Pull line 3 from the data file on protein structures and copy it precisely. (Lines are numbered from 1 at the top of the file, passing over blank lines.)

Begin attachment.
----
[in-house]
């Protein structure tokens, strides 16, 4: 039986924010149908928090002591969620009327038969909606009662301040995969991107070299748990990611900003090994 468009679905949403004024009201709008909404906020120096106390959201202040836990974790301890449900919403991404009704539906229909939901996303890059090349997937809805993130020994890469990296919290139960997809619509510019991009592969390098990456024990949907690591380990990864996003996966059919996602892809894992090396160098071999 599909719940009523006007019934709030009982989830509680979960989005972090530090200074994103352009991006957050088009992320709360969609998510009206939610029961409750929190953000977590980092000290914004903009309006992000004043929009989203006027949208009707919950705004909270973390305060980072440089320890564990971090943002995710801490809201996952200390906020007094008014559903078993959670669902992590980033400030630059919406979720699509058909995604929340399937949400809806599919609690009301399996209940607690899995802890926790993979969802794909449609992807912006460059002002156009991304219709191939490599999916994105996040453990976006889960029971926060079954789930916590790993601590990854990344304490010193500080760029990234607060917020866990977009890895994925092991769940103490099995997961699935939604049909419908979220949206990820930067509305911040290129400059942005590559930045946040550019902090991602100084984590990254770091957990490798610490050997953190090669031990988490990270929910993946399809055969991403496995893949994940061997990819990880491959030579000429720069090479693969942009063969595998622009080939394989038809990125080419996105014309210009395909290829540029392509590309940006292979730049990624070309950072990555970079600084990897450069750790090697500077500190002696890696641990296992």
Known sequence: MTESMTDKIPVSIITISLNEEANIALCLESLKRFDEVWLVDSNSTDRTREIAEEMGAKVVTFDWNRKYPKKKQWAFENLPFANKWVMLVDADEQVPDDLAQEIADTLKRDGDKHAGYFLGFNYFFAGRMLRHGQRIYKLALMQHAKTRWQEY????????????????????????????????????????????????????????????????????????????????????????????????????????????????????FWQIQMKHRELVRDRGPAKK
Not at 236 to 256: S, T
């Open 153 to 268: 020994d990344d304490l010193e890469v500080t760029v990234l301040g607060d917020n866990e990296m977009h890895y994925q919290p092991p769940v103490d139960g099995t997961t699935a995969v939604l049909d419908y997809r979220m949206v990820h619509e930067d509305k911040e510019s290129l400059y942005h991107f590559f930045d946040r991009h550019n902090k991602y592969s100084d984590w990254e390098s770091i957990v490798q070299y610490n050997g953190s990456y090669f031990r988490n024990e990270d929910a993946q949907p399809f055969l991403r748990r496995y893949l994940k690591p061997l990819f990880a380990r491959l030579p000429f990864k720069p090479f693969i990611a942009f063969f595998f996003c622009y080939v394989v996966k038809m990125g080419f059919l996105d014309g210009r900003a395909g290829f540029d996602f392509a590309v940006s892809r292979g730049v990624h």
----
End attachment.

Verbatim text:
Known sequence: MTESMTDKIPVSIITISLNEEANIALCLESLKRFDEVWLVDSNSTDRTREIAEEMGAKVVTFDWNRKYPKKKQWAFENLPFANKWVMLVDADEQVPDDLAQEIADTLKRDGDKHAGYFLGFNYFFAGRMLRHGQRIYKLALMQHAKTRWQEY????????????????????????????????????????????????????????????????????????????????????????????????????????????????????FWQIQMKHRELVRDRGPAKK